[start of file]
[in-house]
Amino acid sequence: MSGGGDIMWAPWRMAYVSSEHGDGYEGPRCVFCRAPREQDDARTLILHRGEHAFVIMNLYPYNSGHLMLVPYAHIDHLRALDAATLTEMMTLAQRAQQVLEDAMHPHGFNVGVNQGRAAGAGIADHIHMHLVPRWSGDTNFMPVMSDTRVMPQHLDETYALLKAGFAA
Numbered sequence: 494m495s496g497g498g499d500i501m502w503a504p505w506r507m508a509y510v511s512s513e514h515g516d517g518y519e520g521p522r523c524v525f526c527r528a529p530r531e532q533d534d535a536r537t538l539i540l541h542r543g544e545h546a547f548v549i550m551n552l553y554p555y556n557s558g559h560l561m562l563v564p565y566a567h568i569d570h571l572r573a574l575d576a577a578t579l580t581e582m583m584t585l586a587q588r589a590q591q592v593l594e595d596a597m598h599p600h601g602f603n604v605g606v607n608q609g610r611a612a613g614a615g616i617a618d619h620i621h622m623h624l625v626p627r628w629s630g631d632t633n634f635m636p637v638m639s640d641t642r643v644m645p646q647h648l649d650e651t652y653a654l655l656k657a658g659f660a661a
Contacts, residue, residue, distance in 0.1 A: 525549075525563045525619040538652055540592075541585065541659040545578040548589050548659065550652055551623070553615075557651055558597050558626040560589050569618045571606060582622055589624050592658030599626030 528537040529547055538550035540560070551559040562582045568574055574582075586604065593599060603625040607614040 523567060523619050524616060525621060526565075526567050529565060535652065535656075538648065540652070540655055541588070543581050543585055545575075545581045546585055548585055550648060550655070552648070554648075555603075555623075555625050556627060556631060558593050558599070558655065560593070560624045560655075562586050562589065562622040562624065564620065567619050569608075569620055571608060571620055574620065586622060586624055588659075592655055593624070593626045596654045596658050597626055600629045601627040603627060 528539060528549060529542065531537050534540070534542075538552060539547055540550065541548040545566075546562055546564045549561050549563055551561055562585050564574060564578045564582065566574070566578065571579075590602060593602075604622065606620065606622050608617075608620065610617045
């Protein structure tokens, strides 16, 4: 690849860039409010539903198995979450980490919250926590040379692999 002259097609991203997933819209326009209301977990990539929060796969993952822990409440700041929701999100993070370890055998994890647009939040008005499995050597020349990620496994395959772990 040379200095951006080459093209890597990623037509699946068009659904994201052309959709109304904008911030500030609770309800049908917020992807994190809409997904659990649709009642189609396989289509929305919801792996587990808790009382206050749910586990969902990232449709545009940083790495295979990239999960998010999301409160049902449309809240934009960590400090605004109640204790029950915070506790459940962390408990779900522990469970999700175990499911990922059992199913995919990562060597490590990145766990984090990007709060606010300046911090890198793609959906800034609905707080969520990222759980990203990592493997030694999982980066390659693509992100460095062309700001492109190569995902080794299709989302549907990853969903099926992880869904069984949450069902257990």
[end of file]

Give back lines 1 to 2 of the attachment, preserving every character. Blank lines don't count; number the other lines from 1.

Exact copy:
[in-house]
Amino acid sequence: MSGGGDIMWAPWRMAYVSSEHGDGYEGPRCVFCRAPREQDDARTLILHRGEHAFVIMNLYPYNSGHLMLVPYAHIDHLRALDAATLTEMMTLAQRAQQVLEDAMHPHGFNVGVNQGRAAGAGIADHIHMHLVPRWSGDTNFMPVMSDTRVMPQHLDETYALLKAGFAA